Crawford is of a different stock. The first pick in the second round of the 1999 First-Year Player Draft by the Rays, he was the second coming of Hall of Famer Dave Winfield in that he was a three-sport stud who chose baseball over a basketball scholarship to UCLA and football scholarship offers from USC, Nebraska, Oklahoma and Florida.
Then there is Beltre, whose gamble to accept a one-year Boston deal after a disappointing five-year tenure in Seattle paid off with a .321-28-102 season.
A fascinating element of this free-agent season is the agreement between MLB and the MLB Players Association to alter not only its dates but also the manner in which it is conducted. You've heard about the reduction of former teams' exclusive negotiating window to five days from 15 -- that shuts at the end of the day on Saturday, compared to Nov. 19 last year -- and acceleration of the deadline to offer free agents arbitration to Nov. 23 (last year it was Dec. 1).
But less attention has been paid to the clause in that agreement that restricts "negotiations openly through the media." That would appear to be a limitation difficult to define, and to enforce.
Regardless, you will be hearing and reading mostly about Lee, whose free agency certainly presents an intriguing situation. It is widely assumed that the Yankees -- they have taken three losses in the past two postseasons to Lee, who has given them five runs in 24 innings -- will offer the biggest deal.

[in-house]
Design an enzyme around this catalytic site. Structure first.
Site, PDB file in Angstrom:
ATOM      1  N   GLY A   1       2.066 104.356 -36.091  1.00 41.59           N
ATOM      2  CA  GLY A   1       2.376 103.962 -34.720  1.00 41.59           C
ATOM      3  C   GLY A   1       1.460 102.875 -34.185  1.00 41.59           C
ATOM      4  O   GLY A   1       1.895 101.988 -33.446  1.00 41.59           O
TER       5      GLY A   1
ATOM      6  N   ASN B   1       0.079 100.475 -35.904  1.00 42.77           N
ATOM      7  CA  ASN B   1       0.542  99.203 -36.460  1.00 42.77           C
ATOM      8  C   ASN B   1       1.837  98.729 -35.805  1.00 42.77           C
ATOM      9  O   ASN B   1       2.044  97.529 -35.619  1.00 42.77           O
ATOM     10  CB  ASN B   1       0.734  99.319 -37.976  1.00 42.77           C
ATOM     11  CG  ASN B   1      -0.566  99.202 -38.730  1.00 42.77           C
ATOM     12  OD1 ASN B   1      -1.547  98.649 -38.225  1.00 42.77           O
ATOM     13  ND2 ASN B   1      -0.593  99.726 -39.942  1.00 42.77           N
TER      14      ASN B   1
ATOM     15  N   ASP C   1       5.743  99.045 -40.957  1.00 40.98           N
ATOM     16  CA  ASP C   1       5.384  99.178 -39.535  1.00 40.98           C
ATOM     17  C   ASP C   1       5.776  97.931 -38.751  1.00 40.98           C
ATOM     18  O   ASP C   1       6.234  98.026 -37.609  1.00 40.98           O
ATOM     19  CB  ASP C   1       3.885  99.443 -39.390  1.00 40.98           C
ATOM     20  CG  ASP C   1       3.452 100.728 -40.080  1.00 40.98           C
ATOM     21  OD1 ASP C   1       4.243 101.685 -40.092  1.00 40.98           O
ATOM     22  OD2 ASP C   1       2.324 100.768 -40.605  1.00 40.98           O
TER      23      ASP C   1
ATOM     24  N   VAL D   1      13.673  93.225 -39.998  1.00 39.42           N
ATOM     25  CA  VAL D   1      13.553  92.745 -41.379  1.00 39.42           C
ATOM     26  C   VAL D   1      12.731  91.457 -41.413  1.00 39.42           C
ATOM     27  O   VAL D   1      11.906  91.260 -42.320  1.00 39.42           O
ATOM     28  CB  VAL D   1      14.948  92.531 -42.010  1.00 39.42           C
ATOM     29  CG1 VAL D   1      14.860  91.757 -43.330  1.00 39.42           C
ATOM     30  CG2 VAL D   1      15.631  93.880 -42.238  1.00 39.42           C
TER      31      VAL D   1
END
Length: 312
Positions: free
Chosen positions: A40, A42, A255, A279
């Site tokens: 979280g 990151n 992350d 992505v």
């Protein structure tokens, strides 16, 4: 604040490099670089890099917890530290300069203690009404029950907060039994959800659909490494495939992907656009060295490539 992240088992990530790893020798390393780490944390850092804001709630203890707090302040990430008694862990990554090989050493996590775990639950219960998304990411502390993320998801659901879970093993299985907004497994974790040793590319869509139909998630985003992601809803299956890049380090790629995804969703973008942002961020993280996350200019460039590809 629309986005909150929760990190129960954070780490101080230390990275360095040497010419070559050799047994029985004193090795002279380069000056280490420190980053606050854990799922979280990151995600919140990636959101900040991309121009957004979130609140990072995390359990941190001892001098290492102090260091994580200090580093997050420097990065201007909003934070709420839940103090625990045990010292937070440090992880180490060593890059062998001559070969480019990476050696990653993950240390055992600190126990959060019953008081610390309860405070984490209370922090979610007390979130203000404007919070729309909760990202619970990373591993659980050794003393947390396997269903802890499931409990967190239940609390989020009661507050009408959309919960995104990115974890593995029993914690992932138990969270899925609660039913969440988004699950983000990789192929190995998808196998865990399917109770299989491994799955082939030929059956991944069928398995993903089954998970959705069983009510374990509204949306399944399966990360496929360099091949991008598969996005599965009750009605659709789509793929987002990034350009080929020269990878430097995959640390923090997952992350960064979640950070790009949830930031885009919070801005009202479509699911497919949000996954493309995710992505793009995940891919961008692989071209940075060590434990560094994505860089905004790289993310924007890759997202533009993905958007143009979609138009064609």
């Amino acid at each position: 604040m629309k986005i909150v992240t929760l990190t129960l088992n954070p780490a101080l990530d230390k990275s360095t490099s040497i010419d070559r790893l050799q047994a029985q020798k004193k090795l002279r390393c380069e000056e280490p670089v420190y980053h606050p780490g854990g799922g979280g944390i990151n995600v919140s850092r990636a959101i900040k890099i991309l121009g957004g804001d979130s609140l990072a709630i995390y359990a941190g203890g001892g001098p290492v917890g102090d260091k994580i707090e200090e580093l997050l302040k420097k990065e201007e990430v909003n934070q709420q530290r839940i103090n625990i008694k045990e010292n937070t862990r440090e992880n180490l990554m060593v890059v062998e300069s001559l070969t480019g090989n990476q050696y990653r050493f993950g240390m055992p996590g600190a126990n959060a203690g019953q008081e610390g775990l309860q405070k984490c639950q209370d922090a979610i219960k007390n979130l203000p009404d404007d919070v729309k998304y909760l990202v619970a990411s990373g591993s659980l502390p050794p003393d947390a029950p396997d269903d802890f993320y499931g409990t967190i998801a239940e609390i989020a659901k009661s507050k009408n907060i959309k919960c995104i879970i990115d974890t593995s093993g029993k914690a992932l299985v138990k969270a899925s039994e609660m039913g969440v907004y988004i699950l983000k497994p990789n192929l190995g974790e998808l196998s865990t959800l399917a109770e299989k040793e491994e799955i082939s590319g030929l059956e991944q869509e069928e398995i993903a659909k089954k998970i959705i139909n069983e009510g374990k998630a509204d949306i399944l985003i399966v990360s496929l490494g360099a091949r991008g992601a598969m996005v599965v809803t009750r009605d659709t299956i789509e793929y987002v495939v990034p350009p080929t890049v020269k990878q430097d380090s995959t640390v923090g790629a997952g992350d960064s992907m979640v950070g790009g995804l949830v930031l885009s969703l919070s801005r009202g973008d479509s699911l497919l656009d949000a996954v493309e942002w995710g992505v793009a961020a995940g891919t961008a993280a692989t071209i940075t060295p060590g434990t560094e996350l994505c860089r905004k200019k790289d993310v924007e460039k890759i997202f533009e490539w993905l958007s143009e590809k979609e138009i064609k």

No one has snubbed the Yankees' top-dollar offer since Greg Maddux took $8 million less on a five-year deal to go from the Cubs to the Braves in 1993. An Arkansan and an iconoclast to boot, Lee might groove on snubbing the Big Apple to stay with the calmer Rangers. Conversely, for all of his individual postseason success, Lee still doesn't have a ring -- and he could conclude that the Yankees offer him the best chance to get one.
Lee might cast the biggest shadow, but there are many other compelling players on the market. Dunn is among the most consistent power hitters in baseball history, having hit 40 homers each season from 2005-08, then 38 each of the past two seasons. LaRoche hit 25 homers and drove in 100 runs before the D-backs declined his 2011 option. Konerko comes off arguably the best overall season of an accomplished career (.312-39-111).
Also available are Soriano's 45 saves and the 37 by Kevin Gregg, Carlos Pena's 144 homers the past four seasons and Victor Martinez's switch-playing (first base and catcher) and switch-hitting (.300 lifetime average) consistency. In the history department, you can have Thome's 589 homers, Hoffman's 601 saves or Stairs' 23 pinch-hit home runs.
The three bulls in this economy -- Lee, Crawford and Werth -- all set out looking for nine-figure deals. If they are all satisfied, it would match the total of $100 million contracts negotiated the past two offseasons, for the Yankees' CC Sabathia and Teixeira two years ago and for the Cardinals' Matt Holliday last offseason.